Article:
Myanmar’s junta chief would be willing to meet opposition leader Aung San Suu Kyi if she meets major preconditions including ending her support for sanctions on the regime, state media said Thursday.

The announcement came as the junta announced that more than 2,000 people were arrested during its deadly crackdown on anti-government protests during the last week, acknowledging that some of the detainees were simply bystanders.

Myanmar’s Senior General Than Shwe made the offer to meet with the detained Nobel Peace Prize winner during his talks Tuesday with UN special envoy Ibrahim Gambari, state television reported.

However, his offer was contingent on Aung San Suu Kyi, who has been held under house arrest for more than a decade, making a series of concessions that made any hope of talks appear a distant possibility.

“Senior General Than Shwe said during his meeting with Mr. Gambari that Daw Aung San Suu Kyi has been promoting four things — confrontation, utter devastation, economic sanctions on Myanmar, and other sanctions,” state television said.

“Then he passed his message that he would meet directly with her for dialogue if she announces that she has given up these four things,” it added.

Myanmar again accused foreign media of stoking the protests that drew 100,000 people into the streets of Yangon on successive days last week.

“The United Nations had to send Mr. Gambari because of the one-sided reporting of the foreign media,” state television said.

Myanmar also made its first public account of the arrests in its crackdown that left at least 13 dead as security forces used baton charges, tear gas, and live weapons fire to break up the peaceful protests last week.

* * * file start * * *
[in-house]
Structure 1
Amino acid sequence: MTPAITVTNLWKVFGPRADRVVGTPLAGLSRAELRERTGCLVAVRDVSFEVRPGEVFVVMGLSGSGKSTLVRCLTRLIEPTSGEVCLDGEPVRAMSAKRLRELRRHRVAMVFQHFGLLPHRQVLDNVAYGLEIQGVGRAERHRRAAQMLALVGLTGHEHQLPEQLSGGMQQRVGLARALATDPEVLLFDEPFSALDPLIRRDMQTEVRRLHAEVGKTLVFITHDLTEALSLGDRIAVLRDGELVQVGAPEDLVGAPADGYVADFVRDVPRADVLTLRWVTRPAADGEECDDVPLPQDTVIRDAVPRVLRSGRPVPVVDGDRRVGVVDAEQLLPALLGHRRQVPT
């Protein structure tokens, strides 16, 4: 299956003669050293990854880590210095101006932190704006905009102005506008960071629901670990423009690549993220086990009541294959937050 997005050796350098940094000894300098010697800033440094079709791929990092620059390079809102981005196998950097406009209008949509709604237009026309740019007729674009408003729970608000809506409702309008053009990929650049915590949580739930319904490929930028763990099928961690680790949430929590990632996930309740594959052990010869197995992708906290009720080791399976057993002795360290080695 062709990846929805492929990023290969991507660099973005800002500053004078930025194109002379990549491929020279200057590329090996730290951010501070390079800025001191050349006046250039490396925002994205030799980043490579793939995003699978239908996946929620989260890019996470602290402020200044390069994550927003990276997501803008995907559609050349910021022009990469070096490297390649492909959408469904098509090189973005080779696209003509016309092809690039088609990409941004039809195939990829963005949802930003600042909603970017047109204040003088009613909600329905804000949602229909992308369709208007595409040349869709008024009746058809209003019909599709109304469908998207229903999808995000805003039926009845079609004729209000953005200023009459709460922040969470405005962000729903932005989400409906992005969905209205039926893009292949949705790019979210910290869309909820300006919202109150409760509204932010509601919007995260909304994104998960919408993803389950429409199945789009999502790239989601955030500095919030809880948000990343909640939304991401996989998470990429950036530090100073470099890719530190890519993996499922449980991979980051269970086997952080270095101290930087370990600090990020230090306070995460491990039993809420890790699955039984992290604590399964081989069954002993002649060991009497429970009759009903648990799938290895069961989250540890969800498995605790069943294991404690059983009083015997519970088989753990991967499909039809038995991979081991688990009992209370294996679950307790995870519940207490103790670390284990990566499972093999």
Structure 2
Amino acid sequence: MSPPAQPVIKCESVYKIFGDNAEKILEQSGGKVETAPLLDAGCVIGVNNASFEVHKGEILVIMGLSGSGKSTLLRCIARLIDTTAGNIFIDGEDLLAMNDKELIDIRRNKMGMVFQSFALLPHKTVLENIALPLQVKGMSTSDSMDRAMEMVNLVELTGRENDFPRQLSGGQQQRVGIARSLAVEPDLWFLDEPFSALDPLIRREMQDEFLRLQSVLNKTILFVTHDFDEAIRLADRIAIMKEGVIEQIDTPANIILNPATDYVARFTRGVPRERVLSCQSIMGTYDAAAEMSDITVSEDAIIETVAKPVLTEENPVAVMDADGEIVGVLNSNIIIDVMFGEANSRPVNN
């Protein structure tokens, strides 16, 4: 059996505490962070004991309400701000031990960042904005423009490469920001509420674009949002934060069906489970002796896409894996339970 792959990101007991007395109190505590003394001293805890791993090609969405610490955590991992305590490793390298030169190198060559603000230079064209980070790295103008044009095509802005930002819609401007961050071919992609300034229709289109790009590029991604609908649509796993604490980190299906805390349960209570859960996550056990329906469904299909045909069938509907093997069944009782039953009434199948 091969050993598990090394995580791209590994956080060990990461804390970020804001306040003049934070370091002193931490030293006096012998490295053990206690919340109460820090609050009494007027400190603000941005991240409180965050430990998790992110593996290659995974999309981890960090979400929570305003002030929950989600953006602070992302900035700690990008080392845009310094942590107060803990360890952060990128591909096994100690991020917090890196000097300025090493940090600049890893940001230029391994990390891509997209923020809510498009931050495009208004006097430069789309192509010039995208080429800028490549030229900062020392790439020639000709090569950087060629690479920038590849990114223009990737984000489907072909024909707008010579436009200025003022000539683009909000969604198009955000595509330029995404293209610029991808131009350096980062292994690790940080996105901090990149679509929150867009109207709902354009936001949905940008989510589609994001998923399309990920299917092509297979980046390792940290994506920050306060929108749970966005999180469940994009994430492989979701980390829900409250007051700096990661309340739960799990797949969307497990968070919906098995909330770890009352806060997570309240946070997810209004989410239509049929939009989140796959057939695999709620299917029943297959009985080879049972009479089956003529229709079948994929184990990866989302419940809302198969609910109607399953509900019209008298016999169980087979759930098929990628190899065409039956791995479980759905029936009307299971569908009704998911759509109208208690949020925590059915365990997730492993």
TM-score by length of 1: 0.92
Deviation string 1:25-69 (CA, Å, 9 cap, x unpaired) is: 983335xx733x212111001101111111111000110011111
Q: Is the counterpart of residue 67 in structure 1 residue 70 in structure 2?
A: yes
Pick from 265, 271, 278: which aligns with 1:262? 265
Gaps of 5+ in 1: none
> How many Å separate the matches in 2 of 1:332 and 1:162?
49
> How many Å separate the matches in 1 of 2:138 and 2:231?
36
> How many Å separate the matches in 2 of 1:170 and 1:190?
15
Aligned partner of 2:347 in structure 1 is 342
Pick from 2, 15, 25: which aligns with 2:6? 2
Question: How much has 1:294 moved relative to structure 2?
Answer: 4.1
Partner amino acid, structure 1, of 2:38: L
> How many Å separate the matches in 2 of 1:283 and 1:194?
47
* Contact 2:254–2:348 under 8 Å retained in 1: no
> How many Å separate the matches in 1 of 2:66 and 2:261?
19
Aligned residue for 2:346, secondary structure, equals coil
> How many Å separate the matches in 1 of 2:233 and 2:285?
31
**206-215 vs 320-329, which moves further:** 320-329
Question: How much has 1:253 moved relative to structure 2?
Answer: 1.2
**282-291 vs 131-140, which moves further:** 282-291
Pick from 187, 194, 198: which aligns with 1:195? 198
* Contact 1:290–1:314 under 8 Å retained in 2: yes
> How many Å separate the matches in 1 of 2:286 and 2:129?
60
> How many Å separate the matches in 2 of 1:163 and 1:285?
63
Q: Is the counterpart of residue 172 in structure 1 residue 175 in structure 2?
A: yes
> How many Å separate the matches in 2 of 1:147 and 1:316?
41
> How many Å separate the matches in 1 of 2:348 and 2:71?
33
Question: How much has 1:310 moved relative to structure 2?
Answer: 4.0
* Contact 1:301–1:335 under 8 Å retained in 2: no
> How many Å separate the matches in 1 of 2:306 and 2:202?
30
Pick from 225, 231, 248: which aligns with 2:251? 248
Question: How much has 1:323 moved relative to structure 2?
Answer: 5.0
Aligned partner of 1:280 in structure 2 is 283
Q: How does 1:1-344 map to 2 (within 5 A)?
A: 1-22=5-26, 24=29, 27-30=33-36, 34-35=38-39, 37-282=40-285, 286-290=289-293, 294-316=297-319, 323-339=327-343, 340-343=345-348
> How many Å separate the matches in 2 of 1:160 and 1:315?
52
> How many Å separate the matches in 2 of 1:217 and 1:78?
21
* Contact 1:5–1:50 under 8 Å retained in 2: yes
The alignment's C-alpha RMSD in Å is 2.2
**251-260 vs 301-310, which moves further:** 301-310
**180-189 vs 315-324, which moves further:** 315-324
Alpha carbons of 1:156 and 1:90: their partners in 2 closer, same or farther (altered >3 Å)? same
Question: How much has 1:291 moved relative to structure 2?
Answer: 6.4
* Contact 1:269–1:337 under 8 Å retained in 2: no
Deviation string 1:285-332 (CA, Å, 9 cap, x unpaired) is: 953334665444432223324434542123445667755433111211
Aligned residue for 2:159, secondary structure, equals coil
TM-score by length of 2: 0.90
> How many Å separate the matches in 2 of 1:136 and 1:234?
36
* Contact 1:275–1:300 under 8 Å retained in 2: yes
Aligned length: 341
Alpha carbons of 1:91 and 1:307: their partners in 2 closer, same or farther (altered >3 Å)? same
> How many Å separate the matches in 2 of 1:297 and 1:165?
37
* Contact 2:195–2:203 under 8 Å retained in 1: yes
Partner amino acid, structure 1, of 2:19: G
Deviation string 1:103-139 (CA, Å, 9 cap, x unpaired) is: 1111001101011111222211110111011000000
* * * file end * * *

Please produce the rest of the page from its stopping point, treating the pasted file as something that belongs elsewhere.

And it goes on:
A total of 2,093 people were arrested since September 25, but 692 have already been released, state television said.

The number includes protesters, their supporters, but also simple bystanders who have all been accused of violating a ban on gatherings of more than five people, state television announced.

“The government ordered people not to gather as a precaution, but people gathered anyway,” it said.

The protests were the greatest challenge in nearly two decades to the military, which has ruled the country also known as Burma for 45 years.

The crackdown has continued despite the international community increasing the pressure on the military, with Gambari due to brief Secretary General Ban Ki-moon later Thursday about his four-day mission here.

“They have a curfew in place and every night they arrest people,” said Shari Villarosa, the chief US diplomat here, adding that the embassy believes the death toll is far higher than confirmed by the regime.

While a semblance of normality has returned during daytime, long-simmering discontent had been “heightened by anger by what has been done against the demonstrators, the atrocities that have been committed against the monks,” she said.

Most Yangon monasteries seem empty, leaving neighbours to wonder if the monks have been arrested, injured or worse.

Activists who sent photos and video of the protests around the world have now found those weapons turned against them. Security forces also recorded the protests, apparently using the images to hunt down more activists.

Myanmar on Thursday released a 38-year-old local UN staff member, her two relatives and driver, a day after they were detained, the UN’s country chief Charles Petrie said.

China, which has in the past blocked steps to punish Myanmar, praised the UN mediation efforts and called for calm.

“We are pleased with the results achieved by Gambari’s visit,” said a Chinese government statement without specifying what those results were.

On Saturday, supporters of the pro-democracy movement are set to join a global day of protest called by Amnesty International, HRW and other groups.